1. Data, data, data…
It has been said before that data is the new oil but it’s not how big your data is but how you use it that’s important.
Andrew Collinge, Head of Intelligence at the Greater London Authority, noted that the candidates in the upcoming London mayor election have started talking about data, which he described as a massive leap forward.
“We need to inject a little bit of leadership into this,” said Collinge. “We cannot ignore the fact we have a broken data economy in the capital. We need to get over the fact that we are 33 boroughs working under this thing called the GLA [Greater London Authority].”
He talked about the need to harmonise data and reduce friction, citing the work he has done on the London Borough Data Partnership. Others in the room agreed that the public sector should be taking inspiration from the likes of Uber and Airbnb but looking for the next disruptive business models.
Copenhagen has tackled many of these issues with the creation of its City Data Exchange in partnership with Hitachi. Its director Peter Bjørn Larsen talked about giving companies an incentive to provide data. But it is not just companies.
“We are trying to understand the ecosystem,” said Larsen. “What role do companies, government and citizens play in an open data portal.”
2. Sorting through the maze of standards
More than one person projected slides showing a morass of 100-odd brands offering an Internet of Things ‘standard’.
Alex Mateo of Libelium described the ISO 37120 standard for smart cities as a great starting point but just that, a starting point.
David Boswarthick knows a thing or two about standards. He works for the European Telecommunications Standards Institute (ETSI). He talked about the risk of going down a proprietary route to avoid being locked into one vendor.
“Standards are not a magical tool,” said Jarmo Eskelinen of Future Cities Catapult. “The Internet of Things is an Internet and the Internet is a useful thing. It is a technology we all use and open source is used across all standards.”
Others agreed on the need for an open standard and while there was an acknowledgement of standards as a problem, there was also optimism that it will be overcome.
“IoT is here to stay,” concluded Charbel Aoun, Chief Strategy Officer, Enevo. “Standards will not be an obstacle.”
3. Breaking down silos
Several speakers talked about how difficult it is to sell to the public sector. The fragmentation of bodies and roles means companies often find it hard to find the person with sign-off for a specific project.
There appears to be a flexibility on both sides and a willingness to bridge that tricky gap between one side’s need to save money and the other’s need to make it. However, for that spirit of cooperation to thrive there needs to be greater cooperation, communication and collaboration between departments and authorities.
That spirit needs to extend to the citizenry and Emma McKenna, Peterborough’s Smart City Project Officer, highlighted the example of her city’s Smart Suppers, where young children were invited to come up with circular city ideas.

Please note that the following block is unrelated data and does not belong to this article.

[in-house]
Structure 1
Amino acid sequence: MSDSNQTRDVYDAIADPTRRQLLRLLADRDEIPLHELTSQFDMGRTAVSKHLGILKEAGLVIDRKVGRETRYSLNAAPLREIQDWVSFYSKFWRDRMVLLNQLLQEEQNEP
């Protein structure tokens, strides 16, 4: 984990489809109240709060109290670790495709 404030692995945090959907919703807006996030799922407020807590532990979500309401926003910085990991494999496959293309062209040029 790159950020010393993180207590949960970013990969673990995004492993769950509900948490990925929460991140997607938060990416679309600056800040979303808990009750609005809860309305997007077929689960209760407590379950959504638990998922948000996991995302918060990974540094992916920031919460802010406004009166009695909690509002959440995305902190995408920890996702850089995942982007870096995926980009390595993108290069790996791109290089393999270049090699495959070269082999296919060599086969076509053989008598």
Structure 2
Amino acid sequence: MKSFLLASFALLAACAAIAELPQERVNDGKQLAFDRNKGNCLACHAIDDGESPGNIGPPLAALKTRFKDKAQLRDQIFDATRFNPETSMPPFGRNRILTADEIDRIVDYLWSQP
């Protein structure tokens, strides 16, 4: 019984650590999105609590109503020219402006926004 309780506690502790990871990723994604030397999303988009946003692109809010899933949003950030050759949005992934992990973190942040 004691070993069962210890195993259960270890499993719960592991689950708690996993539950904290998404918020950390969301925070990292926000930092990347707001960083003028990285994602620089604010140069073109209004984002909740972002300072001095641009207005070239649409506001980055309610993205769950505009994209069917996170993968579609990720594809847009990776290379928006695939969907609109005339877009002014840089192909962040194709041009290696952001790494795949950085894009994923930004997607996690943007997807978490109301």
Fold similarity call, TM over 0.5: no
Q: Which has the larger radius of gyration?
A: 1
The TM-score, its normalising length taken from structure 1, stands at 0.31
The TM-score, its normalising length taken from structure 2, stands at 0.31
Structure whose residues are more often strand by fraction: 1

“Children think differently to us. They think much more creatively,” explained McKenna.
So much so that when one of Peterborough’s kids came up with the concept of ‘green construction’, Skanska thought it such a good idea that she is now working with the boy to make it a reality.
4. Have no fear
Hollywood tends to inflate people’s fears about cybersecurity but John Miri, Chief Administration Officer, Lower Colorado River Authority (LCRA) believes we need to be careful not to hold the ‘new’ to higher standards than that of the ‘old’.
“Online banks can be broken into but so could land-based banks,” said Miri.
He said the bad guys seem to have the upper hand because they have declared war on us but we just need to find the right tools. And they are available.
Paul Wilson of Bristol is Open was similarly optimistic about this issue: “There are as many clever people working on solutions as there are working on how to break cities.”
Eskelinen reiterated this need for tools rather than legislation: “You don’t solve technology challenges with legislation. If we use legislation, the crackers and violators will always be one step ahead of us.”
5. Smart cities need a smarter countryside
“We need to make our regions smarter or 100 per cent of people will live in the city without any food,” said the LCRA’s Miri.
Governments and administrations with surrounding countryside or covering more than just urban areas were keen to encourage others to look beyond their boundaries.
Peterborough’s Smart City Leadership and Development Manager Trevor Gibson said: “IoT has a huge role to play in connecting the rural hinterland to urban areas. The gap between those in cities and those outside will grow if we don’t connect them.”
Skellefteå is a small Swedish city of 72,000 people near the Arctic Circle. It covers an area of land that is 10 times the size of London and 100 times the size of Copenhagen. It also has a super fast broadband infrastructure, which allows it to pursue all manner of smart city initiatives despite its disparate population.
“Our key word is ‘together’. We like to do things together,” said Tomas Heddström, Head of Development.
A team from Skellefteå sported matching t-shirts so they could be easily spotted and networked. The message was all about collaboration: with your citizens, your utilities, your public institutions, your businesses and your colleagues. And then you will have a smarter city.